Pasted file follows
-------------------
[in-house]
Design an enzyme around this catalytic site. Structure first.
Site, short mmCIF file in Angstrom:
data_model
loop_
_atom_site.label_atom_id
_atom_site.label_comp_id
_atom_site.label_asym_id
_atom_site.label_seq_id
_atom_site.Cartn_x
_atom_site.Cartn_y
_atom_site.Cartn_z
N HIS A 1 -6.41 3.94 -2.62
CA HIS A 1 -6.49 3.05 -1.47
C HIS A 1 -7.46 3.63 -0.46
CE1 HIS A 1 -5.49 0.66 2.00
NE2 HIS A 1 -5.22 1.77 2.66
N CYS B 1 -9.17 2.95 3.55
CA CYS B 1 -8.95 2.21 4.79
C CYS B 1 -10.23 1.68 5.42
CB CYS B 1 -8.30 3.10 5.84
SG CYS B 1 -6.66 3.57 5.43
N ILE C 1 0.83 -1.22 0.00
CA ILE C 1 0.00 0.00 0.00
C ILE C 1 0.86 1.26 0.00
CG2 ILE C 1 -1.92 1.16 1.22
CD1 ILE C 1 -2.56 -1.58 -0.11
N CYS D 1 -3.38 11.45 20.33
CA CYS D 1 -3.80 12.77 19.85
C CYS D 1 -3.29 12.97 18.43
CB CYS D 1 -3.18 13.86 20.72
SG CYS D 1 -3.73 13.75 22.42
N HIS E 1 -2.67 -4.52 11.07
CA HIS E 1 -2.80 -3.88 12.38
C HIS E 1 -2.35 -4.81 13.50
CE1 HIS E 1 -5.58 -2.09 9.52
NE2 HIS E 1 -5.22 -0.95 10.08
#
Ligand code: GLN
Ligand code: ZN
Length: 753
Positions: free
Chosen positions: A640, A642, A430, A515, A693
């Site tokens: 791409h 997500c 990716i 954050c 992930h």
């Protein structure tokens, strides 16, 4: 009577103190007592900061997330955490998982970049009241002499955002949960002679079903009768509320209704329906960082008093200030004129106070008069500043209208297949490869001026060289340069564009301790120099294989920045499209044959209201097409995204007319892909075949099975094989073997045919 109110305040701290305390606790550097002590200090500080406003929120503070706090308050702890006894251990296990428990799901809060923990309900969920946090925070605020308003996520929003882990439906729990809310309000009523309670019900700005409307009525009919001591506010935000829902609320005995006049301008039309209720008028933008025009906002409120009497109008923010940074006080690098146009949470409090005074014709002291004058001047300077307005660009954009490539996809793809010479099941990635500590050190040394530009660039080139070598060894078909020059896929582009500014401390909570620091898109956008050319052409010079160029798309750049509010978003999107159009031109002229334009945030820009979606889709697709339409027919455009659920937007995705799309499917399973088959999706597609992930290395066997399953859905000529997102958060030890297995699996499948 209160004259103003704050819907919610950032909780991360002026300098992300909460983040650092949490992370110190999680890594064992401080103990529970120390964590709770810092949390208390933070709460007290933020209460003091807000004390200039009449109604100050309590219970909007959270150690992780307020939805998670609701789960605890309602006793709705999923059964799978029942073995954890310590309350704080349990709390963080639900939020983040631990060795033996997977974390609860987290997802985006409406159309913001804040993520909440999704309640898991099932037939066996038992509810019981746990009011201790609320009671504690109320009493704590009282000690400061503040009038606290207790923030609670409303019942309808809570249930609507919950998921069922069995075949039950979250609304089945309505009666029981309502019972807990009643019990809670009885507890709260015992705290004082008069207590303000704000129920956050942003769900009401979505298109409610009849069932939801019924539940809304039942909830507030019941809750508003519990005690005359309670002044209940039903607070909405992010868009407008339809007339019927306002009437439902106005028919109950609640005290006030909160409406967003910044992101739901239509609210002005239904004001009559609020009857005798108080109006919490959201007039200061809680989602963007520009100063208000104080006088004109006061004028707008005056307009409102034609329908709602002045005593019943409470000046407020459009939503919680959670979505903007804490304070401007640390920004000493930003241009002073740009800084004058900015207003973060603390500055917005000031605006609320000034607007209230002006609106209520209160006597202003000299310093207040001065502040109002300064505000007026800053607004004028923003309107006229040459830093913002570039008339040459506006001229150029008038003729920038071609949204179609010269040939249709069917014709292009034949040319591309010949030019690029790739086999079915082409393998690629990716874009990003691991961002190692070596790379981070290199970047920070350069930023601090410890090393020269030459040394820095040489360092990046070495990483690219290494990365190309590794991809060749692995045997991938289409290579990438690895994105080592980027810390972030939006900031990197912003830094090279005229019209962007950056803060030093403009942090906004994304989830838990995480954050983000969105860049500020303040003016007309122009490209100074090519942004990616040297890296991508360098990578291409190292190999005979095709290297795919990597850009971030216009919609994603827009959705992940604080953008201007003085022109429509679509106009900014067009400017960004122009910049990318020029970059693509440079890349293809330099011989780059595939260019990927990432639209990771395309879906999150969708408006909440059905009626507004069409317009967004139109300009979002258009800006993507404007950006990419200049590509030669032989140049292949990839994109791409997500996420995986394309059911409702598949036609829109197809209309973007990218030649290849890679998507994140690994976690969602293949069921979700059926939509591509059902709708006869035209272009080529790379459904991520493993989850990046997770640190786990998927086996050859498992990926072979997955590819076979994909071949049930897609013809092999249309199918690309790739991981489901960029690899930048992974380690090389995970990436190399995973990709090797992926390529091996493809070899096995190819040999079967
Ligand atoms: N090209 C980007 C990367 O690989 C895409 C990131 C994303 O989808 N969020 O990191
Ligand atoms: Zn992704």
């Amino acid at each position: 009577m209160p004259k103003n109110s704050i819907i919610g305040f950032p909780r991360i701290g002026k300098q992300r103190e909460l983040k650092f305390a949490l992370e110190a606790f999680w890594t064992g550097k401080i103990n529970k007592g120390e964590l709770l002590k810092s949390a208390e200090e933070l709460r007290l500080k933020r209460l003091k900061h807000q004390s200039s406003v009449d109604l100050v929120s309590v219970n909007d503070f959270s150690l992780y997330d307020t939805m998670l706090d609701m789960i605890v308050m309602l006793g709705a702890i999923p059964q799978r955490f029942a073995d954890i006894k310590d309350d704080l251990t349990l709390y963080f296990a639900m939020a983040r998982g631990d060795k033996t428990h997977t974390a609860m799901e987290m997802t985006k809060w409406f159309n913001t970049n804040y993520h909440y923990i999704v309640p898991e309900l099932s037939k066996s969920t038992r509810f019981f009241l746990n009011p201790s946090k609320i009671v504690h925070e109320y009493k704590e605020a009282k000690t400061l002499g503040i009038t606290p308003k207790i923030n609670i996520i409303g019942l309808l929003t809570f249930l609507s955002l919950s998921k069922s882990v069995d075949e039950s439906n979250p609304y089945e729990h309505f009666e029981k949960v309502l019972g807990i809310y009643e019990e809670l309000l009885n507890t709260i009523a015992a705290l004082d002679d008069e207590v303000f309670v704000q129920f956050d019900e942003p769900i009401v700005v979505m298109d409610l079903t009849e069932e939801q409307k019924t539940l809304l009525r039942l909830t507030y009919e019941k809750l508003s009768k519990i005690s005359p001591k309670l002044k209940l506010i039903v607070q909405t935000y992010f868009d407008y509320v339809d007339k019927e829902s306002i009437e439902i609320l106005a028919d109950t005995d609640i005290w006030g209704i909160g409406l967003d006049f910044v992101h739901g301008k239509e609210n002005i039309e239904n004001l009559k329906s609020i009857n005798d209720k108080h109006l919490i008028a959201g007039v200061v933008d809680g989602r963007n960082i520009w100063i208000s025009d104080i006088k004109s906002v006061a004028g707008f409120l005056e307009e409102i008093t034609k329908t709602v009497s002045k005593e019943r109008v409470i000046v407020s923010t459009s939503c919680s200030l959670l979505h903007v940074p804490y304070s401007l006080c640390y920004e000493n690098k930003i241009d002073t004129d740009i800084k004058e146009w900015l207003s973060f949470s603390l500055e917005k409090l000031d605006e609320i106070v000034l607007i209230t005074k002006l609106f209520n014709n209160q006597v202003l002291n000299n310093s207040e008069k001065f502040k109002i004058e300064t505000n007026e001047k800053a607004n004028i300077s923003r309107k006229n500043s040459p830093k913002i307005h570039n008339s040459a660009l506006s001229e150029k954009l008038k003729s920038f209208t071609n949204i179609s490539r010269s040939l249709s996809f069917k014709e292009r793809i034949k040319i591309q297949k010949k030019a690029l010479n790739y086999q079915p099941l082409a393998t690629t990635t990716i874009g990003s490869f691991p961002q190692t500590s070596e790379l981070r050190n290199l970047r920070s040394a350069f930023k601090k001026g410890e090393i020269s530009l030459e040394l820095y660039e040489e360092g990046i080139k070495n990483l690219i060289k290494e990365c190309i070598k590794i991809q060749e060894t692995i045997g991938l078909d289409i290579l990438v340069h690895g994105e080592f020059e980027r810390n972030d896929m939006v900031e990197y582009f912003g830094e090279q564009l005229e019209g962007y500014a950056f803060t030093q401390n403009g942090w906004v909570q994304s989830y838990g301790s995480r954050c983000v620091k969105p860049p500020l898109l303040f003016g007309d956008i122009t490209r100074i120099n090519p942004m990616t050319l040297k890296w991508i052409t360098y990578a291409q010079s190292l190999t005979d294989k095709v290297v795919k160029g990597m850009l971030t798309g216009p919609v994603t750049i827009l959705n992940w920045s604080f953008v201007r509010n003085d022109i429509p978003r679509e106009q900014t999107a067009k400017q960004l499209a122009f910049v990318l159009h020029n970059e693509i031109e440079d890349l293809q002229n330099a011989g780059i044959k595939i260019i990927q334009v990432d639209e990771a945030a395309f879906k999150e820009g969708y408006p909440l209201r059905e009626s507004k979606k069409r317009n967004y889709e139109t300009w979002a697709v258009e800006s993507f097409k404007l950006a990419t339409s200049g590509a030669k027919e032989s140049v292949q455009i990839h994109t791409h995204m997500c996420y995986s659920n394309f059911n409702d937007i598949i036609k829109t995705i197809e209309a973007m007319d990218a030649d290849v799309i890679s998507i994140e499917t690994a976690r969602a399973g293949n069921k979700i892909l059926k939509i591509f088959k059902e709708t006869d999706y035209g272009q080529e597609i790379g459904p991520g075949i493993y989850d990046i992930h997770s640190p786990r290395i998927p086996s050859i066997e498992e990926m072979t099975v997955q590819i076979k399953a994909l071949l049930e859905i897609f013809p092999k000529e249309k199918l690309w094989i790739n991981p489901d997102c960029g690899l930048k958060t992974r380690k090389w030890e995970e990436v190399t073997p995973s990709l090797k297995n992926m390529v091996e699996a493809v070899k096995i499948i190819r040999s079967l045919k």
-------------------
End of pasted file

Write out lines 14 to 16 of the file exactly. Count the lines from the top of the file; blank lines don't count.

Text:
CA HIS A 1 -6.49 3.05 -1.47
C HIS A 1 -7.46 3.63 -0.46
CE1 HIS A 1 -5.49 0.66 2.00